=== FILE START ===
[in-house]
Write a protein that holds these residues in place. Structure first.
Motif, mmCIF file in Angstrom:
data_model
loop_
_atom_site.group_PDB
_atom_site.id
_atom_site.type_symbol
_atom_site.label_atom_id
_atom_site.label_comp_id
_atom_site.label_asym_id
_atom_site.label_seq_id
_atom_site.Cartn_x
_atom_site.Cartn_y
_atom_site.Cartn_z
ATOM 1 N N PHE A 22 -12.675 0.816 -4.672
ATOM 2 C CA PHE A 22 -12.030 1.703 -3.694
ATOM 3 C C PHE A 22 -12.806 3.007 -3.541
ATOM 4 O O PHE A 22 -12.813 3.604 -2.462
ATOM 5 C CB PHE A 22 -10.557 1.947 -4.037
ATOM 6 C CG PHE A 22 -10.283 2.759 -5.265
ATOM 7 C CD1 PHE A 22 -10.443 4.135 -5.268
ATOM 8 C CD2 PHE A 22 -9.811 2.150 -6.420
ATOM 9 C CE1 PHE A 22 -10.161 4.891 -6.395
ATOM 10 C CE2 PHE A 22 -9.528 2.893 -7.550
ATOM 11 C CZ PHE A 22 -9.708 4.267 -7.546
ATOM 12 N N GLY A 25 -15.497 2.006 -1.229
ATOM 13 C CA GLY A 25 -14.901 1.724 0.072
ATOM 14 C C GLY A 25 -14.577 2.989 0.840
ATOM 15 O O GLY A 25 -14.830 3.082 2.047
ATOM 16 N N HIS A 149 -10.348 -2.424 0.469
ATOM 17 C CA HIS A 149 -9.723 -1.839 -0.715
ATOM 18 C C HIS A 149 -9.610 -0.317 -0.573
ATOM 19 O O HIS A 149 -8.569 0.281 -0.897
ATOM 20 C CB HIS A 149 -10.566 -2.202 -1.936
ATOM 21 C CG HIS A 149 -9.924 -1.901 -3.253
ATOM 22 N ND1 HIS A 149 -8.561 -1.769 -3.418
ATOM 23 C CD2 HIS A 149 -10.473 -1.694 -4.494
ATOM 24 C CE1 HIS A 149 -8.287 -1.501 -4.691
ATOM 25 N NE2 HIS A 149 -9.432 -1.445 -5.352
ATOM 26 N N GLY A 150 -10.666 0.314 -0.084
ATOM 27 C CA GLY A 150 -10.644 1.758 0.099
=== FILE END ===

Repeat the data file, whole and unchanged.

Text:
[in-house]
Write a protein that holds these residues in place. Structure first.
Motif, mmCIF file in Angstrom:
data_model
loop_
_atom_site.group_PDB
_atom_site.id
_atom_site.type_symbol
_atom_site.label_atom_id
_atom_site.label_comp_id
_atom_site.label_asym_id
_atom_site.label_seq_id
_atom_site.Cartn_x
_atom_site.Cartn_y
_atom_site.Cartn_z
ATOM 1 N N PHE A 22 -12.675 0.816 -4.672
ATOM 2 C CA PHE A 22 -12.030 1.703 -3.694
ATOM 3 C C PHE A 22 -12.806 3.007 -3.541
ATOM 4 O O PHE A 22 -12.813 3.604 -2.462
ATOM 5 C CB PHE A 22 -10.557 1.947 -4.037
ATOM 6 C CG PHE A 22 -10.283 2.759 -5.265
ATOM 7 C CD1 PHE A 22 -10.443 4.135 -5.268
ATOM 8 C CD2 PHE A 22 -9.811 2.150 -6.420
ATOM 9 C CE1 PHE A 22 -10.161 4.891 -6.395
ATOM 10 C CE2 PHE A 22 -9.528 2.893 -7.550
ATOM 11 C CZ PHE A 22 -9.708 4.267 -7.546
ATOM 12 N N GLY A 25 -15.497 2.006 -1.229
ATOM 13 C CA GLY A 25 -14.901 1.724 0.072
ATOM 14 C C GLY A 25 -14.577 2.989 0.840
ATOM 15 O O GLY A 25 -14.830 3.082 2.047
ATOM 16 N N HIS A 149 -10.348 -2.424 0.469
ATOM 17 C CA HIS A 149 -9.723 -1.839 -0.715
ATOM 18 C C HIS A 149 -9.610 -0.317 -0.573
ATOM 19 O O HIS A 149 -8.569 0.281 -0.897
ATOM 20 C CB HIS A 149 -10.566 -2.202 -1.936
ATOM 21 C CG HIS A 149 -9.924 -1.901 -3.253
ATOM 22 N ND1 HIS A 149 -8.561 -1.769 -3.418
ATOM 23 C CD2 HIS A 149 -10.473 -1.694 -4.494
ATOM 24 C CE1 HIS A 149 -8.287 -1.501 -4.691
ATOM 25 N NE2 HIS A 149 -9.432 -1.445 -5.352
ATOM 26 N N GLY A 150 -10.666 0.314 -0.084
ATOM 27 C CA GLY A 150 -10.644 1.758 0.099